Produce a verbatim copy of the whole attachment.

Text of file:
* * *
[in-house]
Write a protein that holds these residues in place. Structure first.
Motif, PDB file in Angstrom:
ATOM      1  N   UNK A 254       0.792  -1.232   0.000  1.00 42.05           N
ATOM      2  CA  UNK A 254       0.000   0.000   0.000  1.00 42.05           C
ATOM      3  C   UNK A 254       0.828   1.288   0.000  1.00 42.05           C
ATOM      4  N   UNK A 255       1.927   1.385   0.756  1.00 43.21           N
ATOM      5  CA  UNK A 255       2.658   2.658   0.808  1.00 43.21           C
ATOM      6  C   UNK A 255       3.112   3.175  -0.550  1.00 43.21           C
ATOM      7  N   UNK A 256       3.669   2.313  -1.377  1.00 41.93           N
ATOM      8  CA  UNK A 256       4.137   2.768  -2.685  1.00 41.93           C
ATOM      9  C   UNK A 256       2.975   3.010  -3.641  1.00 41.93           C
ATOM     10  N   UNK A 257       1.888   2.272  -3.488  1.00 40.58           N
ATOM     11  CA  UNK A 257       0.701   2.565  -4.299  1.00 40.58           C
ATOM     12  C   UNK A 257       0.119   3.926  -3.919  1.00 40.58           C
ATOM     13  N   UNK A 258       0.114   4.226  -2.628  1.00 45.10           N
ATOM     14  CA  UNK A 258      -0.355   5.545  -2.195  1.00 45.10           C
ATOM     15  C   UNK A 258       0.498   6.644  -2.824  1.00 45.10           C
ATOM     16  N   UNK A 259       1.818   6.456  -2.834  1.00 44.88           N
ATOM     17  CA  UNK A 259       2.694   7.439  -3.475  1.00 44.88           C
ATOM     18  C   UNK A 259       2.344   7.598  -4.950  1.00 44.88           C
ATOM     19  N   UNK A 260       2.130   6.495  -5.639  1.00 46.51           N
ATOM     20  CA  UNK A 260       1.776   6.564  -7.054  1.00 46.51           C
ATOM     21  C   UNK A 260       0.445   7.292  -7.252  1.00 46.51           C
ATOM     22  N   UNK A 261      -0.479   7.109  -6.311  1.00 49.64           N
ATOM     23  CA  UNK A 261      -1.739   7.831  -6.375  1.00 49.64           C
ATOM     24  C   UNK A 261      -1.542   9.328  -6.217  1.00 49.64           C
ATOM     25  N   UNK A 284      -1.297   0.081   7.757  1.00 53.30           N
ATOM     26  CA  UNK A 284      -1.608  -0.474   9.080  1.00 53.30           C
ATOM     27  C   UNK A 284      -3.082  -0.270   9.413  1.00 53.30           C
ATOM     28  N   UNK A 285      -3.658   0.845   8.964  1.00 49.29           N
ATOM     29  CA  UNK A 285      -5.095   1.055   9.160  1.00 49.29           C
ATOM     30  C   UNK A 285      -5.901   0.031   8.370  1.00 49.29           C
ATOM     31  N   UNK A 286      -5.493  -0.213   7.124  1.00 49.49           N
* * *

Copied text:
[in-house]
Write a protein that holds these residues in place. Structure first.
Motif, PDB file in Angstrom:
ATOM      1  N   UNK A 254       0.792  -1.232   0.000  1.00 42.05           N
ATOM      2  CA  UNK A 254       0.000   0.000   0.000  1.00 42.05           C
ATOM      3  C   UNK A 254       0.828   1.288   0.000  1.00 42.05           C
ATOM      4  N   UNK A 255       1.927   1.385   0.756  1.00 43.21           N
ATOM      5  CA  UNK A 255       2.658   2.658   0.808  1.00 43.21           C
ATOM      6  C   UNK A 255       3.112   3.175  -0.550  1.00 43.21           C
ATOM      7  N   UNK A 256       3.669   2.313  -1.377  1.00 41.93           N
ATOM      8  CA  UNK A 256       4.137   2.768  -2.685  1.00 41.93           C
ATOM      9  C   UNK A 256       2.975   3.010  -3.641  1.00 41.93           C
ATOM     10  N   UNK A 257       1.888   2.272  -3.488  1.00 40.58           N
ATOM     11  CA  UNK A 257       0.701   2.565  -4.299  1.00 40.58           C
ATOM     12  C   UNK A 257       0.119   3.926  -3.919  1.00 40.58           C
ATOM     13  N   UNK A 258       0.114   4.226  -2.628  1.00 45.10           N
ATOM     14  CA  UNK A 258      -0.355   5.545  -2.195  1.00 45.10           C
ATOM     15  C   UNK A 258       0.498   6.644  -2.824  1.00 45.10           C
ATOM     16  N   UNK A 259       1.818   6.456  -2.834  1.00 44.88           N
ATOM     17  CA  UNK A 259       2.694   7.439  -3.475  1.00 44.88           C
ATOM     18  C   UNK A 259       2.344   7.598  -4.950  1.00 44.88           C
ATOM     19  N   UNK A 260       2.130   6.495  -5.639  1.00 46.51           N
ATOM     20  CA  UNK A 260       1.776   6.564  -7.054  1.00 46.51           C
ATOM     21  C   UNK A 260       0.445   7.292  -7.252  1.00 46.51           C
ATOM     22  N   UNK A 261      -0.479   7.109  -6.311  1.00 49.64           N
ATOM     23  CA  UNK A 261      -1.739   7.831  -6.375  1.00 49.64           C
ATOM     24  C   UNK A 261      -1.542   9.328  -6.217  1.00 49.64           C
ATOM     25  N   UNK A 284      -1.297   0.081   7.757  1.00 53.30           N
ATOM     26  CA  UNK A 284      -1.608  -0.474   9.080  1.00 53.30           C
ATOM     27  C   UNK A 284      -3.082  -0.270   9.413  1.00 53.30           C
ATOM     28  N   UNK A 285      -3.658   0.845   8.964  1.00 49.29           N
ATOM     29  CA  UNK A 285      -5.095   1.055   9.160  1.00 49.29           C
ATOM     30  C   UNK A 285      -5.901   0.031   8.370  1.00 49.29           C
ATOM     31  N   UNK A 286      -5.493  -0.213   7.124  1.00 49.49           N